More sci than fi
The dialogue might be o-v-e-r dramatic, but it’s also factual. This isn’t the sci-fi of David Tennant's loopy Dr Who, where scientific solutions comes from waving a sonic screwdriver around. Here, you get an education - so sit up at the back and pay attention! Quatermass and his team deduce the aliens are “probably” coming from one of the moons of Saturn “800 million miles away”.
The asteroid launching the meteorites is 30,000 miles away. “That sounds like a lot, but in astronomical terms it’s next door,” we are informed. We learn that the asteroid launching the meteors is at “perigee” - the closest point in its orbit to Earth. Your knowledge of, and ability to use, these key facts will be tested in the playground tomorrow morning.
The core characters are tightly drawn. Quatermass’ faithful assistant, Welsh maths wizard Dr Leo Pugh; public-school army officer Captain John Dillon, the boyfriend of Quatermass’ daughter Pauline. As for Pauline, she is a Mrs Miniver in the making, prone to bouts of “silliness” but with a square jaw in the face of the enemy.
Bernard Quatermass is an energetic, silver haired, three-piece-tweed-suit-wearing man of science played by John Robinson. He is not the worn down, raincoat-wearing prof of two years ago, played by Reginald Tate. Our new Quatermass doesn't suffer fools gladly; he cuts down foppish newspaper columnists, complacent union men and boozy workers with the timeless: “Permit me to explain, I’m a scientist.”
One of many striking images for a 1950s audience barely used to the BBC
However, it’s Kneale's peripheral characters and stories that do more to shock as the drama of the “what if” is played out on the canvas of Britain and society. We have rioting workers. Initially drunk and dismissive of Quatermass in the pub when he tells them the purpose of the plant they’ve built, they soon turn.
It all starts in a suitably British fashion, with the labourers marching up to the plant chanting: “We demand to see the management, we demand to see them now!” But quickly they turn into an armed insurrection shot down by the plant's security guards, led by a flat-capped union firebrand called Paddy who wields an anti-tank grenade launcher.
Impossible, you say? Couldn’t happen here? This is 1955, just two years after German workers rioted and were gunned down by Soviet troops in East Berlin. The rise of the worker is a reality in Britain at this time. Quatermass II was broadcast in October 1955 following a state of emergency that was declared in June as two of Britain’s railway unions went on strike - not over money but over preserving separate pay scales. Trade union power was on the rise.
The guards at the aliens' industrial plant are mean faced and monosyllabic. They wear bulky uniforms and rounded helmets, making them look like German paratroopers from the Second World War. Their firearms sport a drum magazine and look a lot like a Thompson sub-machine gun. In a shot of the workers' riot worthy of Sergei Eisenstein (of Battleship Potemkin fame), one guard advances through curling smoke squarely towards the viewer sitting in their seat, firing his gun at them, coming out the screen.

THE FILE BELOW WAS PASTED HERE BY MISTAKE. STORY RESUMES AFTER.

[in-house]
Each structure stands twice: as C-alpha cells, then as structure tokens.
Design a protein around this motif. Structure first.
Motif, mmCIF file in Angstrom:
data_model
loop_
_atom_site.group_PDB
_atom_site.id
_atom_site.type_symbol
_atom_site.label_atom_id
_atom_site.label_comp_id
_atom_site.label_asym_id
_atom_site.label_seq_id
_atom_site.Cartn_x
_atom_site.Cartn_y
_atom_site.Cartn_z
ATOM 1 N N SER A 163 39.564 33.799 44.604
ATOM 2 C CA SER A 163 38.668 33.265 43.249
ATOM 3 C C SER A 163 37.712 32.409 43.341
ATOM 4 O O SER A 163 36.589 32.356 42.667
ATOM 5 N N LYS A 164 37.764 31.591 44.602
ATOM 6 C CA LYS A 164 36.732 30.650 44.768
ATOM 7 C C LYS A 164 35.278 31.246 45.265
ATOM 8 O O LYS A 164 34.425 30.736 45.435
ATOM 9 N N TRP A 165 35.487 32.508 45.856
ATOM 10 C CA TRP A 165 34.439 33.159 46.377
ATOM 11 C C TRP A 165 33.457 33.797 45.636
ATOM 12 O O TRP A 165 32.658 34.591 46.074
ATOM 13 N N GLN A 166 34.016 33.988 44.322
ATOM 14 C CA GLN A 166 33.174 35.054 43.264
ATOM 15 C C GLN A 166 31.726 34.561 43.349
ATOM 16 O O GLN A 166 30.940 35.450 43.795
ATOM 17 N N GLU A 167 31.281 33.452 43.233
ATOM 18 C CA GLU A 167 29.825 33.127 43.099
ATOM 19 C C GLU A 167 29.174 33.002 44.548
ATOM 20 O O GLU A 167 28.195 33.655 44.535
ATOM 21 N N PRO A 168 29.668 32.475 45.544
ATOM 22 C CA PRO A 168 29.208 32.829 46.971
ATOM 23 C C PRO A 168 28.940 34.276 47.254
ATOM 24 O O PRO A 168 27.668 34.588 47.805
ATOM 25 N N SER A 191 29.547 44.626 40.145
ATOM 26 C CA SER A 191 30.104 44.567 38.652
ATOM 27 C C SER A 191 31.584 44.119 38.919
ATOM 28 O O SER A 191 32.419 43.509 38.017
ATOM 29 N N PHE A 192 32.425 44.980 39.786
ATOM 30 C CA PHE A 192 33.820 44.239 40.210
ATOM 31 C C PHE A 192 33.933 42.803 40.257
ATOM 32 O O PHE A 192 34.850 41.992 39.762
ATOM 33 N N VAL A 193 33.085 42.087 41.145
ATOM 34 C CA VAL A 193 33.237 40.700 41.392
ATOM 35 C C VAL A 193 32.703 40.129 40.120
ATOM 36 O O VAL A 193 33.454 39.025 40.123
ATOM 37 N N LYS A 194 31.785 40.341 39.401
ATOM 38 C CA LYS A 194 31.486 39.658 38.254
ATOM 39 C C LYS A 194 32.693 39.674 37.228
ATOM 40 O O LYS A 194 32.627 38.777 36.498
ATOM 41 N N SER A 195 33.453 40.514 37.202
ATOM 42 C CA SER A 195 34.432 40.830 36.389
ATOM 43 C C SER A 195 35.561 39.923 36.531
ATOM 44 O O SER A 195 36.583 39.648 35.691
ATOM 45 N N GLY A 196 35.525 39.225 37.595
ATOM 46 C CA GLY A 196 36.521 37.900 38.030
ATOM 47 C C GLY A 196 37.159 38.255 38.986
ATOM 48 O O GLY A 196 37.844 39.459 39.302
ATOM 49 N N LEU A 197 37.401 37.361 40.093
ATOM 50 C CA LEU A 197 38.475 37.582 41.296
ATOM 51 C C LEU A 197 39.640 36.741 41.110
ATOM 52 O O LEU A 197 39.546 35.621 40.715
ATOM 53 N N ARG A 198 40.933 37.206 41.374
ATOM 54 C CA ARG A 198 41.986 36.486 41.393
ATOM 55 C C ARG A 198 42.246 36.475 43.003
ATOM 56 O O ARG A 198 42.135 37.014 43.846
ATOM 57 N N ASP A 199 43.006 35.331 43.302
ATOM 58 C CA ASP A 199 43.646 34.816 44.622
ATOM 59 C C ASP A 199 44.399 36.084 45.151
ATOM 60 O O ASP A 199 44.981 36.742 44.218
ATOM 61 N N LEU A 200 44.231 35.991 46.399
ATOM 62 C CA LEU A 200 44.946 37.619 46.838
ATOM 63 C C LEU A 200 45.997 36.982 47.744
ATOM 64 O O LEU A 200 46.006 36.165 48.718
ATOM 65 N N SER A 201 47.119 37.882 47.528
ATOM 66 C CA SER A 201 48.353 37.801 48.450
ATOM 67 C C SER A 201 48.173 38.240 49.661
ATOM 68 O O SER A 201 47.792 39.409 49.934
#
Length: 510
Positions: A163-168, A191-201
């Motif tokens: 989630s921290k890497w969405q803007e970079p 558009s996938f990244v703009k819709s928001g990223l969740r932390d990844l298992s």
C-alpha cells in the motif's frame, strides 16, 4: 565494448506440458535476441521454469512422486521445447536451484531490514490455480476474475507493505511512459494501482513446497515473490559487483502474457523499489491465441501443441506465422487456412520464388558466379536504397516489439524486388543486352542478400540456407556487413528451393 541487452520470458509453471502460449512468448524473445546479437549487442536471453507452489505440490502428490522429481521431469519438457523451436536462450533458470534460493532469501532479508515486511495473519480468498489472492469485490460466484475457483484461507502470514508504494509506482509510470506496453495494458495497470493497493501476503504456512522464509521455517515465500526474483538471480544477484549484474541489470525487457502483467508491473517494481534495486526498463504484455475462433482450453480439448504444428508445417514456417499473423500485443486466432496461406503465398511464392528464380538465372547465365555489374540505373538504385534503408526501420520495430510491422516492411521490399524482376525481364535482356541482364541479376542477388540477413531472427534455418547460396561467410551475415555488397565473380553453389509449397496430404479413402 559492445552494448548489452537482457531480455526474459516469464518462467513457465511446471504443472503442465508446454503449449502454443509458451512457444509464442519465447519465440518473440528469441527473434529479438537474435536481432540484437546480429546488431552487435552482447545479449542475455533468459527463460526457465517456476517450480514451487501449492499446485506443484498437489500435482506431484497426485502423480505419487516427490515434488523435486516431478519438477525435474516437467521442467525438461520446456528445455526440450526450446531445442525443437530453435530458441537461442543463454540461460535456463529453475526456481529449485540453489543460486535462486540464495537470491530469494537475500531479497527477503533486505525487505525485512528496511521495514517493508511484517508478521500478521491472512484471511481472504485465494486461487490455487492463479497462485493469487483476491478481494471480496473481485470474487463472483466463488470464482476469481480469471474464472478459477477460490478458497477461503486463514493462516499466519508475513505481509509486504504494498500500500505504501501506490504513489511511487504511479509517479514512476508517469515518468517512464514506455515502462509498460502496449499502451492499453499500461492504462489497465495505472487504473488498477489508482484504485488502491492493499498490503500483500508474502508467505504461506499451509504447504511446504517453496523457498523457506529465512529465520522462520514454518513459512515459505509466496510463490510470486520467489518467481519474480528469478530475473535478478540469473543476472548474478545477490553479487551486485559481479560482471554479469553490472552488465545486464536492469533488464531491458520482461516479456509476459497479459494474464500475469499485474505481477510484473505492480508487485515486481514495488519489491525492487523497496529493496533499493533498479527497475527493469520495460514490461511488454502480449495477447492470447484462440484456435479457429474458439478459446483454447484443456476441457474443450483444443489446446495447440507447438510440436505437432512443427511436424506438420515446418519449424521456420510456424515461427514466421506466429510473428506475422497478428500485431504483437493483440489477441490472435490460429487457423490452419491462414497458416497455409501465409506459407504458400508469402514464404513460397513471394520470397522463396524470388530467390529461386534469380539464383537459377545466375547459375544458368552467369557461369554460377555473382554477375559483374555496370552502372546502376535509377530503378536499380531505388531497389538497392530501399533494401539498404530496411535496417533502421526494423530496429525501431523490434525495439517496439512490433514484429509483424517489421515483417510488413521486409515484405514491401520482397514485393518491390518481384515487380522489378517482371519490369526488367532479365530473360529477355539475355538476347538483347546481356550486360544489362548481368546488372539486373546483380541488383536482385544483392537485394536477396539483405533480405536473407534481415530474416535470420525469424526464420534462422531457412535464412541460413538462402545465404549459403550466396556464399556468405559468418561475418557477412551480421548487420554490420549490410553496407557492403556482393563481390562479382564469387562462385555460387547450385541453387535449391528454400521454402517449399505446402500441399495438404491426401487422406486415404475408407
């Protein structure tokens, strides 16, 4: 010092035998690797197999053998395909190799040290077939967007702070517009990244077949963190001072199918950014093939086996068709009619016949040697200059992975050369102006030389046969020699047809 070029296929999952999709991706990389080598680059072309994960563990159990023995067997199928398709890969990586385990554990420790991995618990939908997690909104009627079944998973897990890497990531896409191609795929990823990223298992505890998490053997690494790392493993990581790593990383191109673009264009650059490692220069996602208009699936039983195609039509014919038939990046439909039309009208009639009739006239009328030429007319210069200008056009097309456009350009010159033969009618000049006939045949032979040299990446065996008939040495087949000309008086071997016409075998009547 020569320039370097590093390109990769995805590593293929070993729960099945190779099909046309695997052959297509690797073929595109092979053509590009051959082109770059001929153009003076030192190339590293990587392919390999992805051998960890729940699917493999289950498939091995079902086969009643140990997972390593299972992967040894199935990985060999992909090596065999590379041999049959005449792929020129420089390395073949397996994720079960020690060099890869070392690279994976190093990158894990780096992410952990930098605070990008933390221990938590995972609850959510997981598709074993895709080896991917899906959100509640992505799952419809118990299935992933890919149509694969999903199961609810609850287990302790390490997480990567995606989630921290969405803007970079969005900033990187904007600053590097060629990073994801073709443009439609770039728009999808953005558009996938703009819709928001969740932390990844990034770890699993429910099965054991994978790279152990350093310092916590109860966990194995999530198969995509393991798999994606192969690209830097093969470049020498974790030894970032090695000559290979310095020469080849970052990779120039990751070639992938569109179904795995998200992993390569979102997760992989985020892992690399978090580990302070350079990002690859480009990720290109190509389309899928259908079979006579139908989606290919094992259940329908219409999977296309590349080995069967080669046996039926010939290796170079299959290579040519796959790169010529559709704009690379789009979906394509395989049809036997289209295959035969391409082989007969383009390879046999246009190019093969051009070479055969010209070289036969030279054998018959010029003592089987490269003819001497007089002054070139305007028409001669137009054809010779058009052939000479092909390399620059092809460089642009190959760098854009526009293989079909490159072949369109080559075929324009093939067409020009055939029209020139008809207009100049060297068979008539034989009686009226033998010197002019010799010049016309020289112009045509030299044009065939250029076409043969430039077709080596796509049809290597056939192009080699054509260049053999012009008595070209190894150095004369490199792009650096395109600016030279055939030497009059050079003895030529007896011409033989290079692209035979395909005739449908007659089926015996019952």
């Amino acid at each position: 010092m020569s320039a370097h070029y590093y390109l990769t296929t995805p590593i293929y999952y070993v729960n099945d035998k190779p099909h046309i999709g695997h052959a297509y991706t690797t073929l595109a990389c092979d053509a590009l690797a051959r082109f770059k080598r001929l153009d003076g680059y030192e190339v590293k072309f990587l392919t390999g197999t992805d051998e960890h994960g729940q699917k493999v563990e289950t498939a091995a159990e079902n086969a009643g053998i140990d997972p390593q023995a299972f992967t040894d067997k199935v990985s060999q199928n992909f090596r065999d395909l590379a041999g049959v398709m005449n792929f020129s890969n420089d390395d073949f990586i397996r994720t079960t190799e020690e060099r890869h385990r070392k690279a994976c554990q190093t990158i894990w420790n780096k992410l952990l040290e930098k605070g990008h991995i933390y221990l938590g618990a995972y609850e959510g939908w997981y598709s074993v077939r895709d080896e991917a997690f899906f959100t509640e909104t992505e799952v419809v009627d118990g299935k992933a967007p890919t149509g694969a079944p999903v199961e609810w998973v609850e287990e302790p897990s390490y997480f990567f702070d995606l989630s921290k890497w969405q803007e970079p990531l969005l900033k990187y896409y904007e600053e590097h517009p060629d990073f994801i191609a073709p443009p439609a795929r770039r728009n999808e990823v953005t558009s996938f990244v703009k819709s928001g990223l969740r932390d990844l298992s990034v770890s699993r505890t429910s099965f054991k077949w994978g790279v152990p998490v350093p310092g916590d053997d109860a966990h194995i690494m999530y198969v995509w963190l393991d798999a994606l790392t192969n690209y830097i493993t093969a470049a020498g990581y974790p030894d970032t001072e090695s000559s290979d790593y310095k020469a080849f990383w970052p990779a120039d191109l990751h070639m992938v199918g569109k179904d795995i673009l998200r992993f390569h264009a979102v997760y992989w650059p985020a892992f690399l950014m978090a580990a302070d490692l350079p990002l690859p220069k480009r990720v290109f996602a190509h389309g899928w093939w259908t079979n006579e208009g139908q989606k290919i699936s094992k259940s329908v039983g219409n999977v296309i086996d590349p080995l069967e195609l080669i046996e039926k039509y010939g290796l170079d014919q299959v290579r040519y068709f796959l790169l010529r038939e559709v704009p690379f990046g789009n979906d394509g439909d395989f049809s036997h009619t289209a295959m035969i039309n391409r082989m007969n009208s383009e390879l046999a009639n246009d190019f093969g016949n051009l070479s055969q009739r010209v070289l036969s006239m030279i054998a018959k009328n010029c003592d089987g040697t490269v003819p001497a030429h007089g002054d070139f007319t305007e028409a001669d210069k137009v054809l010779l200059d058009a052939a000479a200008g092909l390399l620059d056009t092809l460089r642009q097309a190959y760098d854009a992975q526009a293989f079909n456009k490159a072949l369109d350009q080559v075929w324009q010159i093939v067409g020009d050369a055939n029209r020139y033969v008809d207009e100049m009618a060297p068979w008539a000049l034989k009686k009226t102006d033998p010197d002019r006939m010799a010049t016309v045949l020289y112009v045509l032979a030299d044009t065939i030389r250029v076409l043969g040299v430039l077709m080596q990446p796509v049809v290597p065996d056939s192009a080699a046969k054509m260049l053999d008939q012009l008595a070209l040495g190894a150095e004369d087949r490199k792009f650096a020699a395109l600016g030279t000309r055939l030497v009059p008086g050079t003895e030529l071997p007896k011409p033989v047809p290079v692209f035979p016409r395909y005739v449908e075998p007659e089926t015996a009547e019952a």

Worse, these guards are humans – assimilated into the hive mind after being exposed to the meteorites. So these are humans shooting down other humans.
Don't get too friendly, chaps: Prof. Bernard Quatermass (left) with dependable yet doomed boffin pal Dr Leo Pugh
It’s all a timely mediation on collaboration for a nation with the taste of World War II fresh in its mouth – and whose Channel Islands brothers fell under the Nazi jackboot.
This would have looked familiar, too: pubs and offices around the plant sporting posters warning against talking to strangers and to keep their work secret. Government propaganda posters during the war warned that loose lips sink ships – anyone watching in 1955 would have remembered that. The alien invaders have subverted this patriotic responsibility and quietly turned it against us.
In Quatermass II, it's not just humans who are assimilated; Britain is being transformed, too. The green and pleasant land of shop keepers and cricket greens is being bulldozed. The aliens’ plant – in real life a Shell refinery in Essex, according to the Quatermass II credits – is a monument to steel and steam. The story says the plant was built on the site of a village bulldozed in just one night by the invaders.
The plant’s builders – those rioting workers – have been housed in a new village near the plant, with straight streets and identical box-form houses. A Soviet factory town or a British new town? Concrete developments like Crawley in West Sussex were up and running by the time of Quatermass II thanks to a 1947 law introduced by the Labour government, committed to equality for all and a cradle-to-grave welfare state.
And the takeover is gradual. This is not a war, with clear battlefronts. It's an infiltration, with politicians and journalists assimilated, and where the police are either unwilling or ill-equipped to investigate stories of alien invasion. The takeover is global, too, as Quatermass realises. Sure, destroy the plant in Britain, but there are factories all over the world producing the aliens’ toxic filth.